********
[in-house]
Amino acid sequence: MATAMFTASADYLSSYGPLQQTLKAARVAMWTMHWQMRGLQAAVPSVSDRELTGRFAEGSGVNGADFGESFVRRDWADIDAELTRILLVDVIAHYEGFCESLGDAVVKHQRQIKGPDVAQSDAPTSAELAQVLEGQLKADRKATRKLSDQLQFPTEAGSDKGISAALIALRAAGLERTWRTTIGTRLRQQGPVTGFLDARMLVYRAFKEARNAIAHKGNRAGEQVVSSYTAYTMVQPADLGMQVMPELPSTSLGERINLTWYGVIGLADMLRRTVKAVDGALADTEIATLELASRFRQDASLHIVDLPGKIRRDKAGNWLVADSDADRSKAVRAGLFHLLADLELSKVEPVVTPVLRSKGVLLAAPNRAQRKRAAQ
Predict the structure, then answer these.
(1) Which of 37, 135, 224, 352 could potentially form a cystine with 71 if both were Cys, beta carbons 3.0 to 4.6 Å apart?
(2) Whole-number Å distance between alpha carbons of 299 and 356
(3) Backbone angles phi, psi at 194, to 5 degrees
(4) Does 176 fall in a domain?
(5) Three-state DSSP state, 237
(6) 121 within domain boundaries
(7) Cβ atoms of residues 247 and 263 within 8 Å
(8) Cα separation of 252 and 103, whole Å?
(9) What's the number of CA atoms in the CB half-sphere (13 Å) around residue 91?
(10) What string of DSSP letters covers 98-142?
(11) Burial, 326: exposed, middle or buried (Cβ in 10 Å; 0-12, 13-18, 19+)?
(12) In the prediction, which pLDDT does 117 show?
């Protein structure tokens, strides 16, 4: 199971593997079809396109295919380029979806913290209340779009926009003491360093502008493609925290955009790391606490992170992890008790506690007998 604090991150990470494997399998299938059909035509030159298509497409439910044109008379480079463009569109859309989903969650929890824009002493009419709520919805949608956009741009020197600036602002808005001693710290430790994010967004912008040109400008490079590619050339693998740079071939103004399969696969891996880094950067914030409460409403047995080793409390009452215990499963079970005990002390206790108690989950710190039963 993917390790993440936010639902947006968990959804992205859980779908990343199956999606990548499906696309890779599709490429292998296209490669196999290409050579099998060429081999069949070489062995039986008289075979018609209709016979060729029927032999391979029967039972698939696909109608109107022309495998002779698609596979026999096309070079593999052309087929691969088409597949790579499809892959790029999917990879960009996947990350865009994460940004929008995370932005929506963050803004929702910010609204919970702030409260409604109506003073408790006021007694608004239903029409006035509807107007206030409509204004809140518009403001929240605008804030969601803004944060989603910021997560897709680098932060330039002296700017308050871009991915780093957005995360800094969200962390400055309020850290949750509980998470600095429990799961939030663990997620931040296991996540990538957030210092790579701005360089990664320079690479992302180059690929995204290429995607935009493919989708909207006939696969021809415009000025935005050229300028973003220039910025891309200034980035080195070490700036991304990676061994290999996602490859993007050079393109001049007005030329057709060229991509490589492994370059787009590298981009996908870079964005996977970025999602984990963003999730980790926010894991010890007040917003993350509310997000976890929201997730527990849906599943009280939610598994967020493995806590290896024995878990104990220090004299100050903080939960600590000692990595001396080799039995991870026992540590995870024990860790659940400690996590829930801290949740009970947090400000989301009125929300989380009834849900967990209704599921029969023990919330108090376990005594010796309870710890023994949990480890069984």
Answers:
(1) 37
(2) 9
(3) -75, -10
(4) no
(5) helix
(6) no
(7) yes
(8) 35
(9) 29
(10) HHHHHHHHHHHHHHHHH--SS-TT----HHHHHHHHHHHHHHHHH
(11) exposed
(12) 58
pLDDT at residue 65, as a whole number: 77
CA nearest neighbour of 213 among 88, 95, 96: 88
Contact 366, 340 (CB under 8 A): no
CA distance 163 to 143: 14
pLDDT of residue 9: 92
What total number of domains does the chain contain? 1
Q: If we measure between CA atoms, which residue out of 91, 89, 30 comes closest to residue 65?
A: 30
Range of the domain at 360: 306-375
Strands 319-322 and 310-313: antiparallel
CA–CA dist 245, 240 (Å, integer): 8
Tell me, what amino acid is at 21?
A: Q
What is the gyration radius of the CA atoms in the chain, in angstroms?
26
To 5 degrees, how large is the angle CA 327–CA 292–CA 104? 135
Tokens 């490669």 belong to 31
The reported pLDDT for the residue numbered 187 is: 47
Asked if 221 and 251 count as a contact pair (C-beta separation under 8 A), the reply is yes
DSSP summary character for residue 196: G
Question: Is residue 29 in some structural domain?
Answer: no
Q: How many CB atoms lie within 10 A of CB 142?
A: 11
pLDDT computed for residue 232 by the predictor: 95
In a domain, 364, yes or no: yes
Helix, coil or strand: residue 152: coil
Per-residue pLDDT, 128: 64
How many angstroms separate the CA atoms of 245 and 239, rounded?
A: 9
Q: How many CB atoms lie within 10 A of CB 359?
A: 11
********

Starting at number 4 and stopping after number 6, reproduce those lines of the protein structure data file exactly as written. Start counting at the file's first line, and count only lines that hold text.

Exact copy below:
(1) Which of 37, 135, 224, 352 could potentially form a cystine with 71 if both were Cys, beta carbons 3.0 to 4.6 Å apart?
(2) Whole-number Å distance between alpha carbons of 299 and 356
(3) Backbone angles phi, psi at 194, to 5 degrees